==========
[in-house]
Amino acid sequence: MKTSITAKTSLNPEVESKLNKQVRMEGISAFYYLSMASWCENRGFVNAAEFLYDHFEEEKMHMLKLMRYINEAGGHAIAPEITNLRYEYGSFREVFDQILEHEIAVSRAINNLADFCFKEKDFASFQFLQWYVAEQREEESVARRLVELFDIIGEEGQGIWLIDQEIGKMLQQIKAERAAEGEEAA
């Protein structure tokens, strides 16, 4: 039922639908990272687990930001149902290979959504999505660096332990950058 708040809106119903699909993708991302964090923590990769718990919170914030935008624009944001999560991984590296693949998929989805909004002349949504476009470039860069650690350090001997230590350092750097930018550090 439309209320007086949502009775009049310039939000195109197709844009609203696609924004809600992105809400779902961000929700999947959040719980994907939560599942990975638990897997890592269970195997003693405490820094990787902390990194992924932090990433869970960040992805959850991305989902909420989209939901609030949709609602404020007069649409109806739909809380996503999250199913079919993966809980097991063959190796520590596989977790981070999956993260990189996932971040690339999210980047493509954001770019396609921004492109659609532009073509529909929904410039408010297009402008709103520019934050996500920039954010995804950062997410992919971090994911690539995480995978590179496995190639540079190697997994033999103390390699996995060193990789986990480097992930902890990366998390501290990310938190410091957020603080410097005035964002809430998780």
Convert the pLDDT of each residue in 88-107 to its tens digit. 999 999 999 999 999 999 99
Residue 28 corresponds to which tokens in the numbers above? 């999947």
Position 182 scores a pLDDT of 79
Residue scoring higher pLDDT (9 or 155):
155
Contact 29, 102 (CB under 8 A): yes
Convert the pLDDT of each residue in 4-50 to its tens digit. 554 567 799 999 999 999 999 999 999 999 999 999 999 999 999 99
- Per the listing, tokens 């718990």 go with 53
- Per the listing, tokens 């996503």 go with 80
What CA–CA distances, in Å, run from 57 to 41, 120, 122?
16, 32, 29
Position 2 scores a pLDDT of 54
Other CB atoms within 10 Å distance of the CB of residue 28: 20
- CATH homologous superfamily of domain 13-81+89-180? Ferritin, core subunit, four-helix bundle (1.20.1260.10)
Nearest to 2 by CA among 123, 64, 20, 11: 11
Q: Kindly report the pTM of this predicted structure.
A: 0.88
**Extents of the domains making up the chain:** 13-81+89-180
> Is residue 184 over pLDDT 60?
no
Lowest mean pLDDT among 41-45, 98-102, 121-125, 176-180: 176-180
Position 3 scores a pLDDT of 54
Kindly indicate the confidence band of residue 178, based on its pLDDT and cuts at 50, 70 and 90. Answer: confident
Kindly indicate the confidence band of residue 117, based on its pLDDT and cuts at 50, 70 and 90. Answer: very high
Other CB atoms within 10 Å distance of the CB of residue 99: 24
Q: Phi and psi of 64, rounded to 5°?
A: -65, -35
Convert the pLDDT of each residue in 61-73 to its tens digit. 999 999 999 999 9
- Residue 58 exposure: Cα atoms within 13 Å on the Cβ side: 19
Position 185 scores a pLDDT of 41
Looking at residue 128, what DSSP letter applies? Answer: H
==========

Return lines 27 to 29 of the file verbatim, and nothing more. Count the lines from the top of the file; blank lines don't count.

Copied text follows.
Kindly indicate the confidence band of residue 117, based on its pLDDT and cuts at 50, 70 and 90. Answer: very high
Other CB atoms within 10 Å distance of the CB of residue 99: 24
Q: Phi and psi of 64, rounded to 5°?